Wednesday, February 2, 2011

Let's Celebrate!

At the end of each school year, we receive our class rolls from the previous grade. Often a commentary on the students accompanies these rolls. Although I try to avoid this, I still end up with an earful. One of my students (we'll call her Cassandra), came with comments from her previous teachers that she is just so sweet and helpful, but a sad case because she can't read or write. They told me I would love having her in class because I wouldn't even know that she was there. I was offended to hear another educator describe a student this way.

Once Cassandra arrived in my classroom, I noticed how cowed down she was. When she spoke she was so quiet one couldn't even hear her. I couldn't even get her to smile.  Now granted, Cassandra is an exceptional education student and also an English Language Learner so I knew there would be challenges. She is pulled out of the classroom several times a day to receive her services as she is reading on the pre-primer level, which affects all the subject areas.

Once we started doing our writing, I was shocked to discover that Cassandra was never expected to write anything. When I conferenced with her, I discovered that she really wanted to write all of her great ideas and publish like all of her peers, but she said that no one would help her. What? Here's a child who wants to write and no one has ever expected her to write. (I did confirm this with previous teachers, much to my dismay.)

Of course, reading is an obstacle. She is always in my small group for differentiated lessons across content areas. She set personal learning goals just like all of my other students. We would revisit her goals often and celebrate her successes no matter how small they would be. Through all of the hard work, she slowly began to speak louder and with more confidence with me. One time, we were celebrating her success and I told her it really wouldn't hurt too much if she decided to smile. Her lips curled up into a small smile. Her steps were small, sometimes almost unnoticeable, but they were steps forward.

As the weeks progressed, she began to speak up with peers and in small groups as they worked. She was the second one to finish publishing her animal story because she wanted to publish her work. She asked for help when she wasn't sure how to progress; something she never did at the beginning of the year. Then much to my surprise, she volunteered and began helping other students publish their work. Listening to her conversation with her peers had me wondering what those teachers from previous years were talking about.

Her entire posture changed. Now she shares dazzling smiles regularly and in the last two weeks, Cassandra has volunteered to participate in class discussions adding some amazing thoughts and connections. Last week, we took a reading benchmark test, which we do not modify because we want to get an accurate view of how a child will do on a grade level test. She scored a B. Today, they took a reading test and she insisted that she could take it without any modifications. She confidently smiled and assured me that she could do this. I let her thinking that she could always go back and retake it later with modifications if necessary. She scored a C. To say we celebrated these two accomplishments is an understatement. I know that grades aren't the end all be all in determining a student's success, but for her, it was the first time she earned a grade she could brag on...which she did to all of her Ex. Ed teachers and her mother. The ELL teacher who has been working with her for 4 years, told me that Cassandra is a miracle child.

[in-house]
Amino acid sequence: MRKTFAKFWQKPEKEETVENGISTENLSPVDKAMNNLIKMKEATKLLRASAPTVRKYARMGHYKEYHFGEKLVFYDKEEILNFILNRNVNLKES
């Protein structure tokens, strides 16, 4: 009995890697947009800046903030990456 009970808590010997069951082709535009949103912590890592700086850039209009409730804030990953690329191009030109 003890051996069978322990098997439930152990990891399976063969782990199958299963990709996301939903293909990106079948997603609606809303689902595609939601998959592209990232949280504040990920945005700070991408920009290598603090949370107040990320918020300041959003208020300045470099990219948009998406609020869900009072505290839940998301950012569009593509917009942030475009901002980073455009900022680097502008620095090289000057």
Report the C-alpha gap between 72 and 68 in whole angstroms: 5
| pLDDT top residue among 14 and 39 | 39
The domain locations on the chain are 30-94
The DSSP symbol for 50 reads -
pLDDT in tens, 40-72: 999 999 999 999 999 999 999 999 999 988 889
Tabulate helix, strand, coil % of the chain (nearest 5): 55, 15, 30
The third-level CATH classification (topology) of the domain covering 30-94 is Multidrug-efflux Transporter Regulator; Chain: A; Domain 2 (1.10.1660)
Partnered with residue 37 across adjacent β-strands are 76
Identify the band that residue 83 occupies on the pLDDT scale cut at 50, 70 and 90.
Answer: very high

When I asked Cassandra what she was doing differently, she told me with a twinkle in her eye that she spends time reading now and that she knows that she can "do it right" if she practices enough. Knowing her, she is probably putting many extra hours to overcome her specific challenges. Does this learner still have obstacles? Absolutely, but it's amazing what she can accomplish when she wants to and when she has support to help her reach all of her goals.

So  today, I wanted to write about Cassandra to remind myself and others out there of the importance of reaching every child. Being consistent and patient with each and every one of them is crucial for all of our students to reach his/her full potential. It may be tedious work, but we cannot write off a child's potential because of their previous school experience, home situation, cultural background or disability.

And by the way, her mother is so overjoyed, she is bringing homemade Tres Leches for the class on Friday. Congratulations, Cassandra! You've earned a chance to celebrate.


  1. Julie,
    Thanks for your story about Cassandra. As a former Reading Recovery teacher, I learned that everyone can learn to read if we can just find the right path for them. That's sometimes the tricky part. Your post is a great reminder that thoughtful small steps in the right direction can make a big difference.